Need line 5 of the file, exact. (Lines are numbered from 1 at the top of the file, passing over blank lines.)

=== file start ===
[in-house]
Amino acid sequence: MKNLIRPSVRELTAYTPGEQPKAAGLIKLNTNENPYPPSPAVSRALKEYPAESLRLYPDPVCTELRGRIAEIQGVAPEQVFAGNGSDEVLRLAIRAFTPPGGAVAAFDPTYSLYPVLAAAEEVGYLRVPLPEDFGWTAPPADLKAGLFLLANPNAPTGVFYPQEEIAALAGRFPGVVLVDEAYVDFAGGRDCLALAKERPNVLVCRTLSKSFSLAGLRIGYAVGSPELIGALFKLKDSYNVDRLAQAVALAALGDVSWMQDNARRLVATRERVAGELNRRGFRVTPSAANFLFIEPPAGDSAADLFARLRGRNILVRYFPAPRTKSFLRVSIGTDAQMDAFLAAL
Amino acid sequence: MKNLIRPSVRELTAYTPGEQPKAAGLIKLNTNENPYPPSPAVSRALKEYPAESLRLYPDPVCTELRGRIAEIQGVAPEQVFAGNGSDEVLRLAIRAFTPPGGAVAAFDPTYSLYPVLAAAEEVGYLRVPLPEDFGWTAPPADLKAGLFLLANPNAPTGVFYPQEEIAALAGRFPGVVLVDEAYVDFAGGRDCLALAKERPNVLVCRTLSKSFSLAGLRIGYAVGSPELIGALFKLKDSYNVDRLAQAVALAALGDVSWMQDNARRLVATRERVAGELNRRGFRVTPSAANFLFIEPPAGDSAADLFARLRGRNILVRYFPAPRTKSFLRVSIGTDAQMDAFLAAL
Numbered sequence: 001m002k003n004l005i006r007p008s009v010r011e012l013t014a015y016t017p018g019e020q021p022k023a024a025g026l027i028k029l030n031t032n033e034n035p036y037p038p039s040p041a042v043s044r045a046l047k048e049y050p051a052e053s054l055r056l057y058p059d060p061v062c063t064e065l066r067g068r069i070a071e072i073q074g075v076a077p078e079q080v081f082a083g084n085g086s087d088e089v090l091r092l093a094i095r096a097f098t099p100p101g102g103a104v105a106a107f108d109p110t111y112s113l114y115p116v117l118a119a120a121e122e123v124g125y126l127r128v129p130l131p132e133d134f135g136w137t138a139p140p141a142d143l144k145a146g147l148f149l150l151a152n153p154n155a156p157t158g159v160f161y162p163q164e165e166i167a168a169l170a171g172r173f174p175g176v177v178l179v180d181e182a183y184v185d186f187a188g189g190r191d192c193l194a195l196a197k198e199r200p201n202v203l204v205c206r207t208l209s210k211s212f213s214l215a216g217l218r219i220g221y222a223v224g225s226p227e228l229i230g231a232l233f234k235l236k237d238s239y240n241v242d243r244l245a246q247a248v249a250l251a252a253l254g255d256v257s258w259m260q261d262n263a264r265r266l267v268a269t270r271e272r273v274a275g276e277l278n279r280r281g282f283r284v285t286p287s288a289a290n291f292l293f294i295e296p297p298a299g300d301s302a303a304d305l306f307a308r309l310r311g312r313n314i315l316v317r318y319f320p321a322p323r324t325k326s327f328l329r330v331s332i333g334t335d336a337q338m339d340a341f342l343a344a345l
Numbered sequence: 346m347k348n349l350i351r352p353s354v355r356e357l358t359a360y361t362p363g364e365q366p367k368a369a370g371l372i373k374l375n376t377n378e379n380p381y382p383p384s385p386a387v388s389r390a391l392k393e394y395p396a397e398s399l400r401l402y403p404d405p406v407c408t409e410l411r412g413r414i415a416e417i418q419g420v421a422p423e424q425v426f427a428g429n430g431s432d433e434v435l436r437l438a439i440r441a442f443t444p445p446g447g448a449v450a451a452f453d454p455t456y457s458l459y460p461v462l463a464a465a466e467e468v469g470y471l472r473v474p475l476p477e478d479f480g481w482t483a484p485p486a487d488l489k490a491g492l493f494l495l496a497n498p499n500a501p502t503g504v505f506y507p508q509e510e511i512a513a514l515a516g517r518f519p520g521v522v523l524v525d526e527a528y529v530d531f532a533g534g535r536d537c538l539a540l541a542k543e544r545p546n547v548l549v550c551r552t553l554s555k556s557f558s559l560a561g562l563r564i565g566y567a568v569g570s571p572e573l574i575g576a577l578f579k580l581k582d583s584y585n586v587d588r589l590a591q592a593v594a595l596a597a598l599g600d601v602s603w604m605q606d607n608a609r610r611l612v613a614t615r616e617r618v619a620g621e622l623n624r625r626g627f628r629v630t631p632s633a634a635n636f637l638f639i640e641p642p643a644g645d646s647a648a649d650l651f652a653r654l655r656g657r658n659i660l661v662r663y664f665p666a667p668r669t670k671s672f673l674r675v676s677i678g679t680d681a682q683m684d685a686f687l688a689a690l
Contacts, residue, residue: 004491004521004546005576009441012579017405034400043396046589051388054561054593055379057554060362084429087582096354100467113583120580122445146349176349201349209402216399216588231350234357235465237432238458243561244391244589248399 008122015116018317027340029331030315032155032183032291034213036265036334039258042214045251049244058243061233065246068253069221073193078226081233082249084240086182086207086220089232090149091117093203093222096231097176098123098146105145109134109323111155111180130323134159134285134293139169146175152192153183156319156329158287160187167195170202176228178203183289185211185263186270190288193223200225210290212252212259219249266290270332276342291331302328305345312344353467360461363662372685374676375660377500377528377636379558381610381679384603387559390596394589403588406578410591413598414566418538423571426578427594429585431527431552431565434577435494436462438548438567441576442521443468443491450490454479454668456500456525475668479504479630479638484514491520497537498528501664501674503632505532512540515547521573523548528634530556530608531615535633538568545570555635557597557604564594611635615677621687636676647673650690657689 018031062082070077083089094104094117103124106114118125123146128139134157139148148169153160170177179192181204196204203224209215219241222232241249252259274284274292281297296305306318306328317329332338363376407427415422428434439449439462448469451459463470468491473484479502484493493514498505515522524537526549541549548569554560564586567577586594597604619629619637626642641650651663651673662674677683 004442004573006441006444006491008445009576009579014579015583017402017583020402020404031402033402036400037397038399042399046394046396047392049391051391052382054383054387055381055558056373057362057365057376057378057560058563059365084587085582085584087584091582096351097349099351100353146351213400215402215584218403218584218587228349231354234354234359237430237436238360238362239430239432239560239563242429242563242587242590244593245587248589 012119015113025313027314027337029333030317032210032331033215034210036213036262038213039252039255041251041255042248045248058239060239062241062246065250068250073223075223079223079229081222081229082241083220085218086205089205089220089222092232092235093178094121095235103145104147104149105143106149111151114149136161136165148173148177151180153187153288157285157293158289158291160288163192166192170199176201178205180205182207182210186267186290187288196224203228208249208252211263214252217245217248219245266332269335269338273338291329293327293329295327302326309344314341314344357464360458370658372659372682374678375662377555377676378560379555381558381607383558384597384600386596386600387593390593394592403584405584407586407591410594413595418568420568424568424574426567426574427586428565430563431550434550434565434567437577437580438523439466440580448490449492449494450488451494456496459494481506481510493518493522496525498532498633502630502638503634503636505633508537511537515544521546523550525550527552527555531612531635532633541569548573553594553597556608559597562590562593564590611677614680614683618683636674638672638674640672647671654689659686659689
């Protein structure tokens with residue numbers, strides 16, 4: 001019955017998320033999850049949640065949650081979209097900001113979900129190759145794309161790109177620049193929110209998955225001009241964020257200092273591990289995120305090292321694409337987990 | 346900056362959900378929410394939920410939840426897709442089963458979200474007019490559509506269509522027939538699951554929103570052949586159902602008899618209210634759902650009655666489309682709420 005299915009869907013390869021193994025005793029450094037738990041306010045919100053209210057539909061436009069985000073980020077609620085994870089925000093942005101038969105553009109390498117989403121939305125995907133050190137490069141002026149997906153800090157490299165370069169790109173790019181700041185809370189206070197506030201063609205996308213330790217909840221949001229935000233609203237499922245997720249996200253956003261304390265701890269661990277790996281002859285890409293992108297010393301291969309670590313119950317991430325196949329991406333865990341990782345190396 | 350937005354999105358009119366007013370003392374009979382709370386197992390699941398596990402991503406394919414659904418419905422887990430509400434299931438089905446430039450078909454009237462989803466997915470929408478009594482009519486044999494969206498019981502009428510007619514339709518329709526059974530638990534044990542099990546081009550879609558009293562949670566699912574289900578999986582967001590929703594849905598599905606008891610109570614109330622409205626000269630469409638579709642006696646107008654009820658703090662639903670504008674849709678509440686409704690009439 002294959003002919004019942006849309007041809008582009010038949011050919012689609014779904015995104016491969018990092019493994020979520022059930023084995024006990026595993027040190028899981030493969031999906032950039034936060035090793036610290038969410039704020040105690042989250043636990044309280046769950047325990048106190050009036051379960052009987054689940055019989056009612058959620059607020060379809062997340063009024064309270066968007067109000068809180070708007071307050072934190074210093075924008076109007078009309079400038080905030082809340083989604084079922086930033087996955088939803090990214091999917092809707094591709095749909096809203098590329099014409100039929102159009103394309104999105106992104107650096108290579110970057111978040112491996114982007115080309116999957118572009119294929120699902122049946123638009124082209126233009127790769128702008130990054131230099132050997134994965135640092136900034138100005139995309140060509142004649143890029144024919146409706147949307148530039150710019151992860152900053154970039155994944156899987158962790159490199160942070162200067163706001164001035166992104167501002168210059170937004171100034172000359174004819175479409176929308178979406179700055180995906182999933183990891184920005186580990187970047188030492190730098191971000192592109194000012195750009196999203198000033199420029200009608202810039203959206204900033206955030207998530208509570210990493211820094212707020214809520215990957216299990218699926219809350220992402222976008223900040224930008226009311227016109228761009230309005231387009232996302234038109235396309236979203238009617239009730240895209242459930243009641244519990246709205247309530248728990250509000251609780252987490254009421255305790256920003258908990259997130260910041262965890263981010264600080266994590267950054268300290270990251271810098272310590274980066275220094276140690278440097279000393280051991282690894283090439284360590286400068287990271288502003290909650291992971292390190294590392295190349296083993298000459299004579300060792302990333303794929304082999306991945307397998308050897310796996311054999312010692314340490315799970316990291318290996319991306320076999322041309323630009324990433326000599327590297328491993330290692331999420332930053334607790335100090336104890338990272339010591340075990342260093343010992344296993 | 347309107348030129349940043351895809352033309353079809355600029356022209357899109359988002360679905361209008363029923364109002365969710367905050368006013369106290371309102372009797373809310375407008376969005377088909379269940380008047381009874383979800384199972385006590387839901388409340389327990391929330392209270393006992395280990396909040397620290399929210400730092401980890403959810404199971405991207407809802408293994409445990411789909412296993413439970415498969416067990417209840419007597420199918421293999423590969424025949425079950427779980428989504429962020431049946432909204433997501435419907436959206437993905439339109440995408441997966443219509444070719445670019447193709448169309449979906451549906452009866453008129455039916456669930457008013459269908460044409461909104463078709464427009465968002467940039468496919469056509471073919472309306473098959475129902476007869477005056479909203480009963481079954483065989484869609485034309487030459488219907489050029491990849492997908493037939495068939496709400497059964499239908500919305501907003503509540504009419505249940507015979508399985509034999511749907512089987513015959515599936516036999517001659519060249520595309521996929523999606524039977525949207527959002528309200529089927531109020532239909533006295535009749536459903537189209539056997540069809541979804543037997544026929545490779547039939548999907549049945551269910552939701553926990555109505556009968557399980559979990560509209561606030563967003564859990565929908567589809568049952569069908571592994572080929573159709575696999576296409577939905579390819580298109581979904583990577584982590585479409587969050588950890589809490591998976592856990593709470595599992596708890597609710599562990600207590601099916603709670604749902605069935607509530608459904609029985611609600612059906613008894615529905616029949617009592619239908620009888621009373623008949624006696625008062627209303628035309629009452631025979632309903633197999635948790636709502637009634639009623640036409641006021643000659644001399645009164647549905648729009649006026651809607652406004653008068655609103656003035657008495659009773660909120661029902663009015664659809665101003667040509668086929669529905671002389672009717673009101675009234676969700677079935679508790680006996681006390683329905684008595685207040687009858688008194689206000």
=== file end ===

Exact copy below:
Numbered sequence: 346m347k348n349l350i351r352p353s354v355r356e357l358t359a360y361t362p363g364e365q366p367k368a369a370g371l372i373k374l375n376t377n378e379n380p381y382p383p384s385p386a387v388s389r390a391l392k393e394y395p396a397e398s399l400r401l402y403p404d405p406v407c408t409e410l411r412g413r414i415a416e417i418q419g420v421a422p423e424q425v426f427a428g429n430g431s432d433e434v435l436r437l438a439i440r441a442f443t444p445p446g447g448a449v450a451a452f453d454p455t456y457s458l459y460p461v462l463a464a465a466e467e468v469g470y471l472r473v474p475l476p477e478d479f480g481w482t483a484p485p486a487d488l489k490a491g492l493f494l495l496a497n498p499n500a501p502t503g504v505f506y507p508q509e510e511i512a513a514l515a516g517r518f519p520g521v522v523l524v525d526e527a528y529v530d531f532a533g534g535r536d537c538l539a540l541a542k543e544r545p546n547v548l549v550c551r552t553l554s555k556s557f558s559l560a561g562l563r564i565g566y567a568v569g570s571p572e573l574i575g576a577l578f579k580l581k582d583s584y585n586v587d588r589l590a591q592a593v594a595l596a597a598l599g600d601v602s603w604m605q606d607n608a609r610r611l612v613a614t615r616e617r618v619a620g621e622l623n624r625r626g627f628r629v630t631p632s633a634a635n636f637l638f639i640e641p642p643a644g645d646s647a648a649d650l651f652a653r654l655r656g657r658n659i660l661v662r663y664f665p666a667p668r669t670k671s672f673l674r675v676s677i678g679t680d681a682q683m684d685a686f687l688a689a690l